This, however, is not always the case. In reality, humanism can easily discriminate against those who are not men in the above sense. Men are male,  well educated, landed or propertied adults, who usually become part of  political power, belong to a certain social standing, and make up a social  class based on economic and cultural appropriation.

One of the temptations which usually make people neglect a humane attitude  toward other people is the orientation toward identity. The acquaintance with  the other can be conducted only on the basis of one’s name, the place one  comes from, the profession or job one is doing, or ethnic group one is  supposed to belong to and the role one assumes.

In Indonesia, another important item of one’s identity is one’s religious or  denominational affiliation.

Can we in hindsight speak of history of identity? During colonial times the  Dutch colonial government divided the population of the Dutch East Indies  into three main categories with different privileges, namely the European and  Euro-Asian, the foreign oriental (Chinese, Indians, Arabs) and the pribumi or  indigenous people. This division of population implied a social division of  labor within trade, and a division of privileges pertaining to civil rights  and obligations. The remnant of this ethnically stratified division of labor  can be seen in the present habit to look at Indonesian people as the pri (pribumi) and the non-pri (non indigenous, mainly those of Chinese origin).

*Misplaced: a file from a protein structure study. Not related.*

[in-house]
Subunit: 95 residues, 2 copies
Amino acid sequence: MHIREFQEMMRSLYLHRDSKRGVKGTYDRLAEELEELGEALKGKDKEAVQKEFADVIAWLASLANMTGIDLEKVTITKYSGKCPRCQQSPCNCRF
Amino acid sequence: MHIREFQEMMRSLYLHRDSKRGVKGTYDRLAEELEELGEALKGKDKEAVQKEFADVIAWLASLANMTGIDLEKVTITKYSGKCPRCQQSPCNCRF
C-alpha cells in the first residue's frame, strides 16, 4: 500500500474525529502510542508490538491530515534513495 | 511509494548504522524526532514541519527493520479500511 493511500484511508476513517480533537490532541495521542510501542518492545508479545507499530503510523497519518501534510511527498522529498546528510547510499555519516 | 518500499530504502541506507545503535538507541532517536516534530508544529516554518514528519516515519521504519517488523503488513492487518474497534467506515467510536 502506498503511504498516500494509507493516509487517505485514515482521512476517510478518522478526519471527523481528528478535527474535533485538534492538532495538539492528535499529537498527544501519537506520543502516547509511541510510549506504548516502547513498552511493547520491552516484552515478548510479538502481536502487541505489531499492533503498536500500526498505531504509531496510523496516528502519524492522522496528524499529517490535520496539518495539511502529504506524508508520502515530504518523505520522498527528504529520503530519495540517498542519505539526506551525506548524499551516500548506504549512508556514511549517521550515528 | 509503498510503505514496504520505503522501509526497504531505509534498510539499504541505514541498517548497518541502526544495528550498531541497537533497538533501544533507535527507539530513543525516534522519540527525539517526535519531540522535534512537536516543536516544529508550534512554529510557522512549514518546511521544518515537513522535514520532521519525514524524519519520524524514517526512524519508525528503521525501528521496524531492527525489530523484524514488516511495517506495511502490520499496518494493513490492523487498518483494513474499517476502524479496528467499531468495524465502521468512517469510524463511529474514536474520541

In the first postindependence years, Indonesian people used to look at one  another as those belonging to the co and non-co. Whereas the co were seen as  those who chose to maintain the old status quo, while collaborating with the  colonial government, the non-co considered themselves revolutionary  republicans who were determined to say no to any kind of negotiation with the  colonial government and believed that an independent state was the final goal  of their struggle.

After the end of the Sukarno administration, the New Order government divided  people into two main categories, namely those who were supposedly involved in  the attempted coup of Sept. 30, 1965, and those who were allegedly  “clean”.